The notch should be about a fifth of the trunk’s diameter and made at 30 and 60 degree angles, with your felling cut eventually meeting the point of the notch.
This will create a hinge that will help your tree fall in the appropriate direction.
You will cut your notch on the fall side of the trunk.
Adjust the saw so that it points toward the fall direction, with the part on the tree where the bark touches the bar serving as the middle of the notch.
You may want to lay out your notch with a marking crayon before you cut so you know exactly where to position yourself once you start working.
To cut your notch, make the top cut first and then work on the bottom.
When you make the bottom cut, you may need to adjust the speed of your throttle with your thumb.
Your wedge should fall out of the notch as you work.
Make Your Felling Cut
Now it’s time to make your felling cut.
You’ll score a line that connects the notch on both sides to give you an idea of where to cut.
Your back cut should be parallel with the notch’s apex.
Once your tree starts to tip, remove the saw, set your chain brake, and walk away - don’t run, and don’t take your eye off the falling tree in case you need to react if it doesn’t fall the way you planned.
Whether you use the trees for firewood or are just clearing some land, following a few basic safety rules can help save your life.
1. Wear protective equipment and think chainsaw safety!
Protective chaps, gloves, steel toe boots and safety glasses are essential for keeping you safe while felling a tree.
2. Look at the tree to see which way it naturally wants to fall.
Is it leaning towards one direction? Are most of the branches on one side of the tree?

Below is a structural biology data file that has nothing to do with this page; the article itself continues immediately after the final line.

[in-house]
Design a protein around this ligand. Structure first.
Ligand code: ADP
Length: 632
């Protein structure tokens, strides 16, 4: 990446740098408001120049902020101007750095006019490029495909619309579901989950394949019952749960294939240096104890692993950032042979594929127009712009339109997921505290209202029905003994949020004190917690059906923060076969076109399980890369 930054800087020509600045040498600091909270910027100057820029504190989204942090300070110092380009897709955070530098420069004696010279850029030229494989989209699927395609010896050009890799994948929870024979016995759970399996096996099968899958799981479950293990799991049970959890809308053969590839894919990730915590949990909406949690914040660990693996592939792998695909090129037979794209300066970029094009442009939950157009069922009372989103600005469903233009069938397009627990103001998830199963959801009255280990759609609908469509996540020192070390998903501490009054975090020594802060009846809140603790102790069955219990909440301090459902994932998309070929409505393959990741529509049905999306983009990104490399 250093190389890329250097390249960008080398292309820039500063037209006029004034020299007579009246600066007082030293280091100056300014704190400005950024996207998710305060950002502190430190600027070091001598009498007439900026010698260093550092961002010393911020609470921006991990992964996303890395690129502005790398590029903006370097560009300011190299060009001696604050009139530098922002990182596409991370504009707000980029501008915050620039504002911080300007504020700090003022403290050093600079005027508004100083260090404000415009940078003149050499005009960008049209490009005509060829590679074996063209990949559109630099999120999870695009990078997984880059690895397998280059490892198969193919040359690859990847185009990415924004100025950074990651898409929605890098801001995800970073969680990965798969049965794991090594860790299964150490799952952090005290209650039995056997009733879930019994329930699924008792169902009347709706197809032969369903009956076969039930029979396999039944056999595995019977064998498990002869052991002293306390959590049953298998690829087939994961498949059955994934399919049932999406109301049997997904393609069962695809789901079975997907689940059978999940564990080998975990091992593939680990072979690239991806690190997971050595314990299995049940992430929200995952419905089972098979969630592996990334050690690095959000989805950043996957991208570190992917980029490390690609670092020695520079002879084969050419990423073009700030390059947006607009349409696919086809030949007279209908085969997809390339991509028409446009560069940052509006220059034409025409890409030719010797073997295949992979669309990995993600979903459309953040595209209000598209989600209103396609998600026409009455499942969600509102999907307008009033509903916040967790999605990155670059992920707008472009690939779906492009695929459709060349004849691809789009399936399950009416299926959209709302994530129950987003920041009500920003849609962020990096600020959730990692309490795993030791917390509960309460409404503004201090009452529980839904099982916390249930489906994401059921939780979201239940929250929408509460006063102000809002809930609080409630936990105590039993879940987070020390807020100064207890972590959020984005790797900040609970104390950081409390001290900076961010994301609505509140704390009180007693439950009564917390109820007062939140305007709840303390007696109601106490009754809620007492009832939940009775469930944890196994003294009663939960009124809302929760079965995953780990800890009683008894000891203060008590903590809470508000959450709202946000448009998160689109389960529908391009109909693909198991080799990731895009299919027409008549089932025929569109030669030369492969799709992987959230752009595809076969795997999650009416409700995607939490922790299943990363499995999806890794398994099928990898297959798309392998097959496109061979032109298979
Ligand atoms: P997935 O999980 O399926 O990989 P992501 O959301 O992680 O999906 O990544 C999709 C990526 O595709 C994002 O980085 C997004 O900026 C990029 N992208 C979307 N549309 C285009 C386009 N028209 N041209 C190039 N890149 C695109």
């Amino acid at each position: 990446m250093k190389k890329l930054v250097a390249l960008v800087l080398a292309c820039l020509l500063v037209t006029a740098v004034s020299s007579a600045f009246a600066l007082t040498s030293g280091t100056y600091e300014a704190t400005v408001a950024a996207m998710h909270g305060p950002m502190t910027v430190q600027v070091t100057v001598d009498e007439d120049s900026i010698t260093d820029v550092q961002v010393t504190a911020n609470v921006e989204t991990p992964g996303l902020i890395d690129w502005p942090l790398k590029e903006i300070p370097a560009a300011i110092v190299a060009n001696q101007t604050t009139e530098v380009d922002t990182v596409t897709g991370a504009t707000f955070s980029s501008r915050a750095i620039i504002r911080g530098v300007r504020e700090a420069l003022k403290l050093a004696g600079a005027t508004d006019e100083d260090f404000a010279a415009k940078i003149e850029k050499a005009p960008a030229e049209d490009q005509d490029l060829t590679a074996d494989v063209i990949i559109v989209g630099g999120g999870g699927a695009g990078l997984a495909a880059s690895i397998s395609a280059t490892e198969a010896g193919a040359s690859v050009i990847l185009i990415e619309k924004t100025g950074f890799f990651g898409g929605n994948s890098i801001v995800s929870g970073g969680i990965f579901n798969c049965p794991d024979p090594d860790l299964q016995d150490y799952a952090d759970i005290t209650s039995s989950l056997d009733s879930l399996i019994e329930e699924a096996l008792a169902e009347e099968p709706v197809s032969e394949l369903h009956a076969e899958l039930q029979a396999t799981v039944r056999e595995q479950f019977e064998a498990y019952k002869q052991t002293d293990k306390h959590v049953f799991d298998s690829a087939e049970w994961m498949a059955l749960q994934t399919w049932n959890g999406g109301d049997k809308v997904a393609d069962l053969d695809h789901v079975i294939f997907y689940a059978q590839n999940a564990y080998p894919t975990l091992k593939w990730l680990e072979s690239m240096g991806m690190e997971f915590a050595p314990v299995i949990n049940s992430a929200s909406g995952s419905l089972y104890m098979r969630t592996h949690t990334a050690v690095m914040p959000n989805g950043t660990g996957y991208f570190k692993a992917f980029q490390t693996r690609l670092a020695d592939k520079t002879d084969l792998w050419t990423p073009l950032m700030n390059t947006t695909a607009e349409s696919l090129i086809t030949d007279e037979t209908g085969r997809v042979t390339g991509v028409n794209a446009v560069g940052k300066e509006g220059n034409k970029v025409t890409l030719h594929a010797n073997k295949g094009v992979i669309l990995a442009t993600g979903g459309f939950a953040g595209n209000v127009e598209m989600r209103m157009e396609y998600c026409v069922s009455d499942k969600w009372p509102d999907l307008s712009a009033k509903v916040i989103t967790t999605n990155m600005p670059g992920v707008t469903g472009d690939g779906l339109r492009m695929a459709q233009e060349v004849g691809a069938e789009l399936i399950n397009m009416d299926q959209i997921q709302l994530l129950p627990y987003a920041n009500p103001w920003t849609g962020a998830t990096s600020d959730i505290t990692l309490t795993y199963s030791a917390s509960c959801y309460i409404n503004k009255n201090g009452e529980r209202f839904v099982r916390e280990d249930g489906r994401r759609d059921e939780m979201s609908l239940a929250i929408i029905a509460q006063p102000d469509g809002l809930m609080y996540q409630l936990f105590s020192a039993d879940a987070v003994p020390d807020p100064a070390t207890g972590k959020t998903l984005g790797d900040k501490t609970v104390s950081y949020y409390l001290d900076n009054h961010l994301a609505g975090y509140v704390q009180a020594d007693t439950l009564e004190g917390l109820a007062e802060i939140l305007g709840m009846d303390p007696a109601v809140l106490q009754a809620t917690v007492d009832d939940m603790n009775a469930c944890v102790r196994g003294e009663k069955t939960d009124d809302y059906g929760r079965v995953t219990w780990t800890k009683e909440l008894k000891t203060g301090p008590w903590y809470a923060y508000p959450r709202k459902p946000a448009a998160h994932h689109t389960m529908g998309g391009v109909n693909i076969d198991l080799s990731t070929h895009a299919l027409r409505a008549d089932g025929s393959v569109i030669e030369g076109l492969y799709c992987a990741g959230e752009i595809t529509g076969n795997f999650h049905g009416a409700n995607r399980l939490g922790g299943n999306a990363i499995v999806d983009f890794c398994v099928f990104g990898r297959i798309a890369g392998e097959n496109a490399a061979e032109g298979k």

3. Look up! Loose or busted branches called "widow makers" high in the tree can fall causing injury or death.
Always check the tree before cutting to see if any loose branches are waiting to fall down.
4. Which way is the wind blowing? A strong gust of wind can make felling a tree difficult and dangerous.
Cut firewood when the winds are calm. A blowing tree can be unpredictable and it's never safe to cut down a tree in strong winds.
5. Are you cutting alone? Always take someone with you into the woods.
Having someone else around when you're cutting firewood could save your life.
6. Use a sharp chainsaw chain. A dull chain will cause you to force the saw through the tree.
Use a sharp chain and let the saw do the work.
7. Look for holes or rotten spots in the tree which could cause the trunk to snap or splinter.
If the tree is too rotten, it might be too dangerous to cut and should be left alone.
8. Using ropes and wedges can help direct the tree to the area you want it to fall.
9. Clear an area around the tree to allow you to quickly escape if needed.
Brush, small sapling and branches should be cleared away so you can have an escape route.
10. Be patient and don't rush. A lot of times we cut firewood quickly and try to cut as much as possible in a short period of time.
Being in a hurry is one of the most dangerous mistakes you can make. When we hurry we get careless.
Slow down, take your time and be safe when felling a tree.